In early July, a Minnesota dentist traded in his spray nozzle for a bow and arrow and apparently spent 40 hours stalking through a national park in Zimbabwe on the trail of a dying lion.
Cecil the lion was beloved by his home country and the tourists who could always trust him for a good photo-op. The news this week of the beast’s death—as well as its skinned and decapitated body left on the outskirts of the park—has sparked global outrage. And the man responsible has been named as Walter Palmer, a 55-year-old father of two who shelled out $55,000 to fire the fatal arrow.
Cecil’s killer was first rumored to be a wealthy Spaniard, but The Telegraph surfaced Palmer’s name.
“As far as I understand, Walter believes that he might have shot that lion that has been referred to as Cecil,” a spokesman for Palmer told the paper. “What he’ll tell you is that he had the proper legal permits and he had hired several professional guides, so he’s not denying that he may be the person who shot this lion. He is a big-game hunter; he hunts the world over.”
Online revenge was swift. Palmer’s dental practice in Bloomington has been overrun with angry online reviews. On Yelp, 1,040 reviews from across the country have dropped him to a 1-star average rating. “So next time you pay him for an implant, veneer, crown or cleaning—know that you are financing one animal to kill another,” one reviewer wrote in from Manhattan Beach, California. On Tuesday, Palmer’s office phone and website appeared to be disconnected, and his personal phone was no longer in service.
“I had no idea that the lion I took was a known, local favorite, was collared and part of a study until the end of the hunt. I relied on the expertise of my local professional guides to ensure a legal hunt,” he said in a statement on Tuesday, adding that he had not been contacted by authorities. “Again, I deeply regret that my pursuit of an activity I love and practice responsibly and legally resulted in the taking of this lion.”
Palmer apparently killed Cecil while on a Bushman Safaris-run trip with professional hunters in Hwange National Park. He and his guides allegedly lured the lion out of the protected zone at night and then shot it. They followed it for 40 hours until it died, and they then attempted to remove its tracking collar, which was being monitored by an Oxford University research project.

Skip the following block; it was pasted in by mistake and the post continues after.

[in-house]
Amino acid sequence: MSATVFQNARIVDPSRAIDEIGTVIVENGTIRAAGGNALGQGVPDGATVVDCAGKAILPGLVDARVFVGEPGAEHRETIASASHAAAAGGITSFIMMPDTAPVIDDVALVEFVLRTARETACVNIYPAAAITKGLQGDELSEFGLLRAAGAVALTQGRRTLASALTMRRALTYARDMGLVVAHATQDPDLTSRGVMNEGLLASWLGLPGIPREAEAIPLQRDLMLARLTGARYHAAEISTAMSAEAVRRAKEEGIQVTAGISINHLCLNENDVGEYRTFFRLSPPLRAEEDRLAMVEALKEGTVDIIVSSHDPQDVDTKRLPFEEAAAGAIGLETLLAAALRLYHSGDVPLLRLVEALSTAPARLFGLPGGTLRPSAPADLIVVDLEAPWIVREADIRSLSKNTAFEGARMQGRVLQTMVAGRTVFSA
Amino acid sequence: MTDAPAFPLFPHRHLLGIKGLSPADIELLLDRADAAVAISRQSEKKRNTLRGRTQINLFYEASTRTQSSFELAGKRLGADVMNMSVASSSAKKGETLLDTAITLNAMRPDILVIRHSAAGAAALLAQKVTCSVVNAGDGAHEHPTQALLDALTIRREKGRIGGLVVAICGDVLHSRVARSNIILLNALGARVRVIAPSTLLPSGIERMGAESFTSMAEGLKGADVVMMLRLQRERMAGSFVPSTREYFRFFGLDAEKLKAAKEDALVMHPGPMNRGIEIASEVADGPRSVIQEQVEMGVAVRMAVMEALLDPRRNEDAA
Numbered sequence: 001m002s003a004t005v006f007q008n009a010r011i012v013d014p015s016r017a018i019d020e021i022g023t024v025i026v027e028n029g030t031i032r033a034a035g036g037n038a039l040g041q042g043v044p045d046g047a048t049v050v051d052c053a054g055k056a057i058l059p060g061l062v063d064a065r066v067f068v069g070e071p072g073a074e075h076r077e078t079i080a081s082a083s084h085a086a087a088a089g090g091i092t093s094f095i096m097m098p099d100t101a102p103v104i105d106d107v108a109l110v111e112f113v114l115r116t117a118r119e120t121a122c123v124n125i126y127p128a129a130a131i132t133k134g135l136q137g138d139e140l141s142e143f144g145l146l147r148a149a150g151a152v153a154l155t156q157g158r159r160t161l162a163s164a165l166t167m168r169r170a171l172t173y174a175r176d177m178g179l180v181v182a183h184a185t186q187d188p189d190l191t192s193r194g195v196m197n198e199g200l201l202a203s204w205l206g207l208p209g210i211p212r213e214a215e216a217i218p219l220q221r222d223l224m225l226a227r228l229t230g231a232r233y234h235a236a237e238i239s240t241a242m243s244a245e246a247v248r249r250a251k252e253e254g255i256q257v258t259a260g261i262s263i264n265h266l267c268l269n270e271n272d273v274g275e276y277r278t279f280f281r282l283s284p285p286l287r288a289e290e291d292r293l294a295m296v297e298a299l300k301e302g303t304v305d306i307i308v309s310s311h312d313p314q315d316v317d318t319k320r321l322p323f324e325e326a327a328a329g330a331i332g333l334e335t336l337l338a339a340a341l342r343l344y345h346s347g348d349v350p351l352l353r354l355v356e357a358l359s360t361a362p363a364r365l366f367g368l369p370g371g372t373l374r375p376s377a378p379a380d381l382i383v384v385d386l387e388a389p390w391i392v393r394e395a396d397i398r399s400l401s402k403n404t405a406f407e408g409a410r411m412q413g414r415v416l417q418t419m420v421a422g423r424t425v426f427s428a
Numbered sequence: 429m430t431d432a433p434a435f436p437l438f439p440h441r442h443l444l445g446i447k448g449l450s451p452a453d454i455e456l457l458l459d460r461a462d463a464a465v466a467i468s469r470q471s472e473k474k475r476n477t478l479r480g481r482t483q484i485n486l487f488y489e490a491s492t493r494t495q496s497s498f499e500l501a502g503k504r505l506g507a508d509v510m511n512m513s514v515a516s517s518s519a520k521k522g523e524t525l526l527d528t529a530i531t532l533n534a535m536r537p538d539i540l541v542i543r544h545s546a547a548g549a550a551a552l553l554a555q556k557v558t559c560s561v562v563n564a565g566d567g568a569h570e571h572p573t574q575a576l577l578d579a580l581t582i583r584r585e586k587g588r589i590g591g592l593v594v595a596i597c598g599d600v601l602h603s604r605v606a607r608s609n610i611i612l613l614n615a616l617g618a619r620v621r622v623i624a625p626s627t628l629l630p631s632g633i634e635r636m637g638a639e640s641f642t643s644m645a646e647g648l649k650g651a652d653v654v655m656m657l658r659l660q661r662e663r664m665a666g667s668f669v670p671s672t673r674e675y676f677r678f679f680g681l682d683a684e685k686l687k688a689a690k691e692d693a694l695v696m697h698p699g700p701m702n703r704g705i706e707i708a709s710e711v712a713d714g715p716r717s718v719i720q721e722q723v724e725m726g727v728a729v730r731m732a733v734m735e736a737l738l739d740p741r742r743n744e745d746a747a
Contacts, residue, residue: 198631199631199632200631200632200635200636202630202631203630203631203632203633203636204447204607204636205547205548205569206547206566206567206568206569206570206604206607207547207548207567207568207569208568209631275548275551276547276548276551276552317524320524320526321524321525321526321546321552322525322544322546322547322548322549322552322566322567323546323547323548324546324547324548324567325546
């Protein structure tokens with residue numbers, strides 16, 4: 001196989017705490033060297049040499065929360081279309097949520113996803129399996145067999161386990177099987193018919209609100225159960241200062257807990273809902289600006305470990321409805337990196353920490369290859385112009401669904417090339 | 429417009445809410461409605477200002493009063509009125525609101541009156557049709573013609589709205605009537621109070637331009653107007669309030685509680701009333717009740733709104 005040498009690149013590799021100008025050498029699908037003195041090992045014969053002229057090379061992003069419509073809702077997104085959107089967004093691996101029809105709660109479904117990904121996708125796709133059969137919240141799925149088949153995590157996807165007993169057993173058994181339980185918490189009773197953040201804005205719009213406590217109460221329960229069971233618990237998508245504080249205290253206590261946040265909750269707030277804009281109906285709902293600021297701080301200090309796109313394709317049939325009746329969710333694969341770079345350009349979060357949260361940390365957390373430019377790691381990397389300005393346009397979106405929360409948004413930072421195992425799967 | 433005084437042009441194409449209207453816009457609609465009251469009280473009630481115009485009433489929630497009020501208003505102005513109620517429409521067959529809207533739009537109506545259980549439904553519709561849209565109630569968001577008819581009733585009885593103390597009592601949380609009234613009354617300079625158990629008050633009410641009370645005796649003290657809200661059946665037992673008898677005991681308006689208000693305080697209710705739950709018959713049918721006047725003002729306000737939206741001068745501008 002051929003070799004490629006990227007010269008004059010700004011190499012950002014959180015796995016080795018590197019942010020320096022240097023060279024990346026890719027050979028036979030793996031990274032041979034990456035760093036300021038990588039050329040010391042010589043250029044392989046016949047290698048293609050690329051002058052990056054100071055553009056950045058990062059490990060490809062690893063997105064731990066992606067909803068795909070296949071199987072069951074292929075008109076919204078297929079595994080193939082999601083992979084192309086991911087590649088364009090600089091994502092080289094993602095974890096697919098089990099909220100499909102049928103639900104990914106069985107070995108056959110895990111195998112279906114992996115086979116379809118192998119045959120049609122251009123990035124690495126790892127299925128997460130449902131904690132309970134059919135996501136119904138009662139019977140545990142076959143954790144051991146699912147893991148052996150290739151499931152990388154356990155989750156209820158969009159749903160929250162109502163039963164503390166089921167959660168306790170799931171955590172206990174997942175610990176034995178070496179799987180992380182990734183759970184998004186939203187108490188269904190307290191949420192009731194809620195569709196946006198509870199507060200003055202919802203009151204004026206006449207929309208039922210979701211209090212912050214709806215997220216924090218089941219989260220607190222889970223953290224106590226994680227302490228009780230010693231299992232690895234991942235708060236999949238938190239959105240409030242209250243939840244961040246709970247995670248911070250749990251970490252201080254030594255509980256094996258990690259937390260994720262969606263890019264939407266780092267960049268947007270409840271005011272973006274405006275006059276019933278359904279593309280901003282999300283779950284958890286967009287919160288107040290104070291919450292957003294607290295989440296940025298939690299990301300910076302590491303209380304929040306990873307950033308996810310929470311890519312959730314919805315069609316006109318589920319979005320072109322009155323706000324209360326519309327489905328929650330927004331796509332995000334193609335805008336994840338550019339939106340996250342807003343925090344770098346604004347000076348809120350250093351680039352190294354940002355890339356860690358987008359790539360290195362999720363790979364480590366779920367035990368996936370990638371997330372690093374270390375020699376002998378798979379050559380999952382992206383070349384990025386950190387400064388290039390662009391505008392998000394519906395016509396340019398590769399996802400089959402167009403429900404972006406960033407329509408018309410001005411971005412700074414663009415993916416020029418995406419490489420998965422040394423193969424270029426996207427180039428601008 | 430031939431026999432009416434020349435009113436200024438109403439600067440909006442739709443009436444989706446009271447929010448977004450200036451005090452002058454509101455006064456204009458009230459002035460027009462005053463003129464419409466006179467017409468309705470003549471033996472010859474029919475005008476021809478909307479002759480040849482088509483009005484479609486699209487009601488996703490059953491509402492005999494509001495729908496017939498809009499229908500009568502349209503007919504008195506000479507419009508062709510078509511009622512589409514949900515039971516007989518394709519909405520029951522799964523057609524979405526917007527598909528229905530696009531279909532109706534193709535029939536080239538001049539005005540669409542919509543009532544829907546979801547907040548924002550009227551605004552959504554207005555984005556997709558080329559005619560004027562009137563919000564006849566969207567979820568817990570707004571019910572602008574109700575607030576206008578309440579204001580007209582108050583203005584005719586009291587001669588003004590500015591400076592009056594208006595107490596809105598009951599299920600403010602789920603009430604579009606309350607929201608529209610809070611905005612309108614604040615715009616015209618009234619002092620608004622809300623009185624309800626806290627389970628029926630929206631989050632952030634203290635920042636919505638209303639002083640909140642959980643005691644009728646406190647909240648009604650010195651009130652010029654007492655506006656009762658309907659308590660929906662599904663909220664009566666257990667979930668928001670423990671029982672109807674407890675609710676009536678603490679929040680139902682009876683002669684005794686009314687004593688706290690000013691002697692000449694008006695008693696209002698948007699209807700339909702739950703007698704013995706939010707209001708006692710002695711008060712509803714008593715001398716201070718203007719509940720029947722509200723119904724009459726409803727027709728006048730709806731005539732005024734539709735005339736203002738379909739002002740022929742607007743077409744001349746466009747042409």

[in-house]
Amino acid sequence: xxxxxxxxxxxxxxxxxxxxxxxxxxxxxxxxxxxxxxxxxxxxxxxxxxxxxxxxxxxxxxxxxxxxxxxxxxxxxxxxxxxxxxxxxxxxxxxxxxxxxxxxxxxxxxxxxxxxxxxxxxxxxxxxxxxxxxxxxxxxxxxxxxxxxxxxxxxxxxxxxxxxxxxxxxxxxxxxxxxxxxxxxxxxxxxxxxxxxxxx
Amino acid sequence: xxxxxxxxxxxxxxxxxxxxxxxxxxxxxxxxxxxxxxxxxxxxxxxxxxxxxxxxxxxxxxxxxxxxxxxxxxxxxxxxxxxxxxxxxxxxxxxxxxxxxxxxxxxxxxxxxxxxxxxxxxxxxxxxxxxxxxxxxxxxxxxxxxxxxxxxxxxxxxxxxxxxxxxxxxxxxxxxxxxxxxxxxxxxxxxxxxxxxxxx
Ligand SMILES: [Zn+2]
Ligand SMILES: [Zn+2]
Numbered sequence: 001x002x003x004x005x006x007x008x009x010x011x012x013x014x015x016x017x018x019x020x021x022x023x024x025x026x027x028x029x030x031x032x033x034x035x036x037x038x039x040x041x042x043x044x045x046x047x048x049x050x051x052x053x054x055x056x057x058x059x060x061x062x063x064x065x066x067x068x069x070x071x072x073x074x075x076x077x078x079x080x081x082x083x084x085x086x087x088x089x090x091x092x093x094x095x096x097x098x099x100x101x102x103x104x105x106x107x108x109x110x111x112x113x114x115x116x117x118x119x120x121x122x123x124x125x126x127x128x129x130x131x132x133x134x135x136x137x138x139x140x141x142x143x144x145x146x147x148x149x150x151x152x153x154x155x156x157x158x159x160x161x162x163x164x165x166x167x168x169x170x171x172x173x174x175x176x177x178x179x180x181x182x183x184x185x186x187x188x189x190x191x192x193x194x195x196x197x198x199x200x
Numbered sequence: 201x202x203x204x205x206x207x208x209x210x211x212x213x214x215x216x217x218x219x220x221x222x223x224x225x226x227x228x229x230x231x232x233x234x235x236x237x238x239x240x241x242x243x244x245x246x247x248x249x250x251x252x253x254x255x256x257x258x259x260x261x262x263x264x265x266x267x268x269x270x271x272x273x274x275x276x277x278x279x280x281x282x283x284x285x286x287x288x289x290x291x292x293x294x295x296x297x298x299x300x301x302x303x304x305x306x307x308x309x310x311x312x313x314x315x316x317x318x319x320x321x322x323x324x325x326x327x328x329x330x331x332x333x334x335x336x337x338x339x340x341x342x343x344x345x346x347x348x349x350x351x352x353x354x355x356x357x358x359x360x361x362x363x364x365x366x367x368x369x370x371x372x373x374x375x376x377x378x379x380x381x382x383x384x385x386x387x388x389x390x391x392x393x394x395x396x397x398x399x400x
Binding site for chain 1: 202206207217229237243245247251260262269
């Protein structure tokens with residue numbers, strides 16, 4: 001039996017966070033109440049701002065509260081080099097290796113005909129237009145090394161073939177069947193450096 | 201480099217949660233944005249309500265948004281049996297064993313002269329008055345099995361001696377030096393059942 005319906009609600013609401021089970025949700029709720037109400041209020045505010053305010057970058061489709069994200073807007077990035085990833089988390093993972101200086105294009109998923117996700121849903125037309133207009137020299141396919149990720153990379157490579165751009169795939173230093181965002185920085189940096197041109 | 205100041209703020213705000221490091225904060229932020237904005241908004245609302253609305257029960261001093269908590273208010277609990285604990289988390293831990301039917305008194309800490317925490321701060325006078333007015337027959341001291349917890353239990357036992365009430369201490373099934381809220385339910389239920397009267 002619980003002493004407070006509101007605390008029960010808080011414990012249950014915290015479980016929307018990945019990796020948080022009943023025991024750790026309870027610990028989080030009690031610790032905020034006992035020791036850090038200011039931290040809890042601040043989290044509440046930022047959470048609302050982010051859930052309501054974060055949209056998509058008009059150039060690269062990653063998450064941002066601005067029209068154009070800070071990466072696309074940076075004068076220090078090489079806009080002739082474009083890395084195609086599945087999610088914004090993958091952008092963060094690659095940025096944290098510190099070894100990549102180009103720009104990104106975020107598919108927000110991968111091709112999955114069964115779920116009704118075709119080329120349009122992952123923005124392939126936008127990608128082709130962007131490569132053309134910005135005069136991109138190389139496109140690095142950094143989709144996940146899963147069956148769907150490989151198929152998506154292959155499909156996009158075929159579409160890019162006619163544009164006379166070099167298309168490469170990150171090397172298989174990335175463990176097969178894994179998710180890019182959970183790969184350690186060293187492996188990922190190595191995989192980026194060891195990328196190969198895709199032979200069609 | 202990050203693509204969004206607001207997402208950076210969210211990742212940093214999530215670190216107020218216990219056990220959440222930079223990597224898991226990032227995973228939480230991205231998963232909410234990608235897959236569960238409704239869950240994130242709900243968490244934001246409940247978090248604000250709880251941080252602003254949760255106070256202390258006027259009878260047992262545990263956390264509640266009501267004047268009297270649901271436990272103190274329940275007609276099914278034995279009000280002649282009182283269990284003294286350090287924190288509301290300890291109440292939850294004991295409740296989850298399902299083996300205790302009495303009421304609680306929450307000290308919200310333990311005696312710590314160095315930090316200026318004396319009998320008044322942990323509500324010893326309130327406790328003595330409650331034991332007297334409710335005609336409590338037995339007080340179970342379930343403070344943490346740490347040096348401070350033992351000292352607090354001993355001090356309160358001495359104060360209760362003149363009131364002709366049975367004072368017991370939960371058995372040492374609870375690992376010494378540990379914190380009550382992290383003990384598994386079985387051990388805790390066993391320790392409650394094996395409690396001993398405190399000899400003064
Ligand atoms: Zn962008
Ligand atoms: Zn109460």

The hunt was illegal, according to Zimbabwe parks authorities, who say that the hunter and the landowner did not have permits to kill a lion. The landowner and professional guide accompanying Palmer will face court in early August for poaching charges, but it’s believed the hunter himself is already gone.
If he does face legal action, it won’t be the first time Palmer has been in trouble for his hunting predilection. In 2008, he was sentenced to one year probation and a nearly $3,000 fine for lying to a federal agent about a bear he killed in Wisconsin. According to the felony case, in which he pleaded guilty, Palmer falsely claimed he had shot the animal in the zone where he was licensed to hunt. Apparently, when the members of the hunting team realized they were outside the zone, they promised to hide the fact from authorities. The group was actually 40 miles outside the permitted zone.
It’s also not the first time Palmer’s shelled out big bucks for the chance to kill. In 2009, he paid $45,000 at an auction to hunt a rare California tule elk. He’s also been photographed with the carcasses of other big game, including a different lion and a white rhino.
“Palmer, said to be capable of skewering a playing card from 100 yards with his compound bow, has cultivated a purist’s reputation for his disinclination to carry firearms as backup,” The New York Times wrote of him in 2009, about a battle to break the record for the largest trophy antler. “I don’t have a golf game,” he told the reporter.
The same day Cecil was killed, the hunting outfit which ran the trip, Bushman Safaris, posted on its Facebook page: “Understanding how we as hunters do far more for conservation of our wildlife than anti hunters whom probably almost 100% have never even seen or been around our wildlife. Thank you and be proud to be hunters or understanding what we do.”